The Washington Post reports on what it calls the “divide” between U.S. ambassador to Afghanistan, Karl Eikenberry, and the top U.S. military commander there, Gen. Stanley McChrystal. According to the Post, “clear tensions” exist between the two. The differences pertain not just to particular decisions about how to counter the Taliban, but also to the overall policy approach. As Peter Galbraith, who served as the top U.S. official in the U.N. mission to Afghanistan during last year’s election, puts it: “You have two generals of similar rank who don’t agree on the policy [and] who apparently don’t like each other; it makes for a difficult relationship.”
The tension between the top general and the top diplomat stands in marked contrast to the situation in Iraq during the successful surge there. In that case, as the Post points out, Gen. Petraeus worked “hand-in-glove” with Ambassador Ryan Crocker.
It’s clear, moreover, that President Obama deliberately put in place a team in Afghanistan that was unlikely to function harmoniously. Eikenberry was openly skeptical about McChrystal’s proposed surge before it was approved. And McChrystal was openly vexed by the fact that Eikenberry did not make him aware of his skepticism before he sent cables to Washington expressing it.
It’s not surprising, however, that Obama elected to go with this “team of rivals.” For Obama himself is of two minds when it comes to Afghanistan. He dithered for months before approving the surge. During that time, he obsessed about “off-ramps” and exit strategies. And when he finally signed on to a modified plan, he gave it only about a year and half to succeed. McChrystal and Eikenberry thus represent two sides of a conflict that Obama has not really been able to resolve.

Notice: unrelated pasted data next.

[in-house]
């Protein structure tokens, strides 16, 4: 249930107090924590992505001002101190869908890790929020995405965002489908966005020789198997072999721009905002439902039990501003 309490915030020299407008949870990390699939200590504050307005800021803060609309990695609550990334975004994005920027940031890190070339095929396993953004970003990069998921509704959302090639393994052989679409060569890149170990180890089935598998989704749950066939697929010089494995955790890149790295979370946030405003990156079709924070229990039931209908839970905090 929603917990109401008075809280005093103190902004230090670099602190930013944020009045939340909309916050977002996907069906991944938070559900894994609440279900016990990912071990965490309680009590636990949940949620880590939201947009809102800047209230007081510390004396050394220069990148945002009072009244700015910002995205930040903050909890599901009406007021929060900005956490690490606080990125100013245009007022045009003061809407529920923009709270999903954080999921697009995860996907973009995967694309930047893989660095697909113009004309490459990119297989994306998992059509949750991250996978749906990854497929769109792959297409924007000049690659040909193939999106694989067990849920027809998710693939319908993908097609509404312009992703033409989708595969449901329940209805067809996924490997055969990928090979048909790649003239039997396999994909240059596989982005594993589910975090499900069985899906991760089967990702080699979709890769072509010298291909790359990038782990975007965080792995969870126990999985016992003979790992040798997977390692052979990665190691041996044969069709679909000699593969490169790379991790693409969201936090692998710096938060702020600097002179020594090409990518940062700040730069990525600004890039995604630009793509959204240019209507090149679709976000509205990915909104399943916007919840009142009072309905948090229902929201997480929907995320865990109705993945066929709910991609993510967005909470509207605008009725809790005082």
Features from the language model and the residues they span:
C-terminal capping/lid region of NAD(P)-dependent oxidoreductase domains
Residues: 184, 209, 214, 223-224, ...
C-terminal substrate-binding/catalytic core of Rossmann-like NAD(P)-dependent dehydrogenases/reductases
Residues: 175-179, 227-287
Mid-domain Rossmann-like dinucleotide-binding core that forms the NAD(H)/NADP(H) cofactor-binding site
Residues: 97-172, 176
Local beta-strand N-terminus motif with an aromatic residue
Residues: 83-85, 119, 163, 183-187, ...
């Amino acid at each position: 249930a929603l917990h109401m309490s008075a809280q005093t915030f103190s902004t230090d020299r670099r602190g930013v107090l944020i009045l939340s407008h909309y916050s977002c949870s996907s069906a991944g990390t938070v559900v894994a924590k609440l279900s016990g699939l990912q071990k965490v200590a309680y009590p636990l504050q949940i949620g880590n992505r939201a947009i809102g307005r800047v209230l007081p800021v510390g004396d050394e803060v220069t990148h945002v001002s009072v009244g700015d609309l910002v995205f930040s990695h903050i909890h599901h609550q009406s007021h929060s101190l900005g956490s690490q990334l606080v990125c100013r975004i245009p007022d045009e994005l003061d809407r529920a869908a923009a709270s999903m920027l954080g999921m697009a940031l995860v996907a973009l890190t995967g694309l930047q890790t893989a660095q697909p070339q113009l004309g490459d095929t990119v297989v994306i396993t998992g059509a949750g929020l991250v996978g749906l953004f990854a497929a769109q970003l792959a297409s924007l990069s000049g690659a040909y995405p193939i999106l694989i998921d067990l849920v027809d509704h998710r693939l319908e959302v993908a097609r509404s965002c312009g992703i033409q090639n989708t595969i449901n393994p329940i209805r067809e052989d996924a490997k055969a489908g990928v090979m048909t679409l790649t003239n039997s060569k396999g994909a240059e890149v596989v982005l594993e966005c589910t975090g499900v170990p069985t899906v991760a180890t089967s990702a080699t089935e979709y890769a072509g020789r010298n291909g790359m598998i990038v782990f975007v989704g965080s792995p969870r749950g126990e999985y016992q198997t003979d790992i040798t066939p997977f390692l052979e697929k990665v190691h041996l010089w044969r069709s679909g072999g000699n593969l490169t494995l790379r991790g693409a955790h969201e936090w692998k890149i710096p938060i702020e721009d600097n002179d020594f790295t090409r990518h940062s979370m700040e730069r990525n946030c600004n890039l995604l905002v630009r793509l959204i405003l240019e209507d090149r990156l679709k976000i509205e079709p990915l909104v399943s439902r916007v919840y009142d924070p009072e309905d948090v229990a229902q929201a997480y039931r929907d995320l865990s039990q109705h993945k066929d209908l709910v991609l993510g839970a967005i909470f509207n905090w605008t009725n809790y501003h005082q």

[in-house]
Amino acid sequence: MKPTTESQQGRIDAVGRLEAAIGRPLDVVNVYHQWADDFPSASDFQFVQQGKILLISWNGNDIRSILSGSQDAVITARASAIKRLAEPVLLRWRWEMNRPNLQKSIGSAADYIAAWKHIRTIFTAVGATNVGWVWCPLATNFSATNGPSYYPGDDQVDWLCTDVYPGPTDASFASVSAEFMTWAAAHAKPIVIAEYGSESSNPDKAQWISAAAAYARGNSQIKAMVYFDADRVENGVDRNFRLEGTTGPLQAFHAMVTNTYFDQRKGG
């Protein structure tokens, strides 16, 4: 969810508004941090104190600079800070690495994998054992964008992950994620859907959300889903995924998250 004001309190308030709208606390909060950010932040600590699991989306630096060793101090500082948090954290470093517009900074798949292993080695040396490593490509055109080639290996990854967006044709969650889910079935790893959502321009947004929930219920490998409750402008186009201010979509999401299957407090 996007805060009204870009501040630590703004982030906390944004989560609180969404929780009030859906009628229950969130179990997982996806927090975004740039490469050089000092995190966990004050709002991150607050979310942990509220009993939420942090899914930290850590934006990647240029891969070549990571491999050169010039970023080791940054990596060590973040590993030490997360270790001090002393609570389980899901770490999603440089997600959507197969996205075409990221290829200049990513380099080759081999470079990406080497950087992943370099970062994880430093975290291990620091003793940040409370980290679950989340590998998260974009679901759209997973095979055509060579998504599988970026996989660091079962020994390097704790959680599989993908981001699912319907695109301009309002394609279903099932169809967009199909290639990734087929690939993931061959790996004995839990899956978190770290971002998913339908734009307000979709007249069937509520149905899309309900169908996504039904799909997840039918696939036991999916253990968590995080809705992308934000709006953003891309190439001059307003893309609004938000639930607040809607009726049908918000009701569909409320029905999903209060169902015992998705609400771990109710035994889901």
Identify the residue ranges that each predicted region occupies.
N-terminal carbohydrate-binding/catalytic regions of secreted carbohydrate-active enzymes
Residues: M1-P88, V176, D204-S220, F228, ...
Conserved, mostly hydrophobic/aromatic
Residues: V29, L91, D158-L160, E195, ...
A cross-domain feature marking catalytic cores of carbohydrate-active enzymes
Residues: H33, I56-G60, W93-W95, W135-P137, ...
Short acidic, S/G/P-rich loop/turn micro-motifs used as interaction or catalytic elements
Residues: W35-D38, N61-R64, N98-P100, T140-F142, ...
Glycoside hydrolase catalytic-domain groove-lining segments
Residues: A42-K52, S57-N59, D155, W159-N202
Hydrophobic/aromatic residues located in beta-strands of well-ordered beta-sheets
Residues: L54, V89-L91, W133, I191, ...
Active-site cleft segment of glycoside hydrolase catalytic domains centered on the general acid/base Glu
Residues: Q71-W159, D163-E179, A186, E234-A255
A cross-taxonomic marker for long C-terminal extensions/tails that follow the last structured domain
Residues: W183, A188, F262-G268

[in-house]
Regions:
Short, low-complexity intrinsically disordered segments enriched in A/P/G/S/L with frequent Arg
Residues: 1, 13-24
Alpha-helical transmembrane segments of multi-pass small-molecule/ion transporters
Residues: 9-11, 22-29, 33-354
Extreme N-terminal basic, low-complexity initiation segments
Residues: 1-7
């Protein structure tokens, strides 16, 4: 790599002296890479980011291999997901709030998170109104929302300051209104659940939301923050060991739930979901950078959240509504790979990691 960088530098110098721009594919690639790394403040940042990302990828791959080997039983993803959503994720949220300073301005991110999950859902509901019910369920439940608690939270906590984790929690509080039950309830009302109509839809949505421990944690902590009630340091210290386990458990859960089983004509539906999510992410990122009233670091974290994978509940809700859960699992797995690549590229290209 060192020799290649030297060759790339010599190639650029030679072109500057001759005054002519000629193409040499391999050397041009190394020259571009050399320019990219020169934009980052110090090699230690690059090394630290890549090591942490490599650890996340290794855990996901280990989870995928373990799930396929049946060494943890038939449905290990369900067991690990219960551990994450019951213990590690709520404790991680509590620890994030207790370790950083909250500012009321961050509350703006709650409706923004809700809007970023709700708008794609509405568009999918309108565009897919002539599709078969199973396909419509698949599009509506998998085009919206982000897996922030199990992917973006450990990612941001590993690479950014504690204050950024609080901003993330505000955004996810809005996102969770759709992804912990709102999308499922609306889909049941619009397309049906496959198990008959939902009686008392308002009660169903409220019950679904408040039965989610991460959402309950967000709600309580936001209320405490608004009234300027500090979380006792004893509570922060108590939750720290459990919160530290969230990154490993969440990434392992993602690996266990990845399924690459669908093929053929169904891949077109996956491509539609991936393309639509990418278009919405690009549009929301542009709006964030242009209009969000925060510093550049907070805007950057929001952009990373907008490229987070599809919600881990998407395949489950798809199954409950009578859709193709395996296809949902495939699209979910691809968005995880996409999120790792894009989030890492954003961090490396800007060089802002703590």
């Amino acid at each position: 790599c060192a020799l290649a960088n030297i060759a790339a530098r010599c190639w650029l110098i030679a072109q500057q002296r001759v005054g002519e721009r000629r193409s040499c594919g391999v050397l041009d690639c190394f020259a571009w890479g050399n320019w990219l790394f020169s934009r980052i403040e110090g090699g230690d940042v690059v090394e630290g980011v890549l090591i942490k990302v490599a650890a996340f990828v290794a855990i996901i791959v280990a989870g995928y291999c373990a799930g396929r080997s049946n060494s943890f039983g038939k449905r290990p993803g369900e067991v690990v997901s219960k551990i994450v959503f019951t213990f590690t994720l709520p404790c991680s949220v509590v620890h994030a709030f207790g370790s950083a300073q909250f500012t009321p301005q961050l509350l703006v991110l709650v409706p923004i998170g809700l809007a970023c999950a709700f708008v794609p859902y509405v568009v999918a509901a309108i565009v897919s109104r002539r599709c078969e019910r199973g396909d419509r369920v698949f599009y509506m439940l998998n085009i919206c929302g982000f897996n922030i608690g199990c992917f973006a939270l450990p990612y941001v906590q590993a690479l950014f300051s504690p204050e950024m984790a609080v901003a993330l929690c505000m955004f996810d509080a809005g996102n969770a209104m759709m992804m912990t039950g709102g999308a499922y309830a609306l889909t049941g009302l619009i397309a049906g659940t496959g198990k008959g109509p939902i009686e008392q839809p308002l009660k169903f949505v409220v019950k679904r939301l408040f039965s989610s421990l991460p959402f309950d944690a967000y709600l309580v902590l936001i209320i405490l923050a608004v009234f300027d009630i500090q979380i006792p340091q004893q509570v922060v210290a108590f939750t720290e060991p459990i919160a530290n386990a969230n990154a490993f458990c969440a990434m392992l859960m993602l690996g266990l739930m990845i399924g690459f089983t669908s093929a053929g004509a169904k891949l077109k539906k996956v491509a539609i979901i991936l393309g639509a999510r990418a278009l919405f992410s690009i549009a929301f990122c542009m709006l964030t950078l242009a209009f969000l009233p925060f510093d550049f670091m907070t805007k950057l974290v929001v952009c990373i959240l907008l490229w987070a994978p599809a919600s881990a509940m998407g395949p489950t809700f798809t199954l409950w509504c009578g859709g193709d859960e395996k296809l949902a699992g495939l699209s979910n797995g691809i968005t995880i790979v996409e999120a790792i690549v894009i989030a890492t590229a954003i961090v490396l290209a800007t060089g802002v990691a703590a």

In a way, this is understandable. The situation in Afghanistan is complex and it is not easy to identify with confidence the best path to success or even to know whether success, whatever its precise meaning, is attainable.
But Obama considered, and purported to resolve, this uncertainty before he signed on to a modified version of McChrystal’s plan. Having done so, and having given that plan only a relatively short time to succeed, he should have put in place a team that can work in concert to implement the plan. His unwillingness to do so is a recipe for more dithering and, one fears, for failure.
For instance, McChrystal and Eikenberry are pulling in opposite directions on the key issue of how to deal with with President Karzai. While McChrystal carefully cultivates his relationship with Karzai, and holds him out throughout the country as commander in chief, Eikenberry is a constant critic.
To be sure, Karzai is not an easy figure to understand and deal with, but neither is Iraqi president Maliki. Yet, Ryan Crocker recalls that he and Gen. Petraeus adopted a single message and approach to Maliki. The two rarely met with him separately and when they did, they would brief each other before and after.
Crocker says that McChrystal and Eikenberry “need to resolve any differences among themselves or take it back to Washington, because the stakes in Afghanistan are too great not to have a unified effort.” In my view, however, blame for the lack of unity lies less with McChrystal and Eikenberry than with Obama, for having adopted a “team of rivals” approach not just to formulating policy but also to carrying it out.
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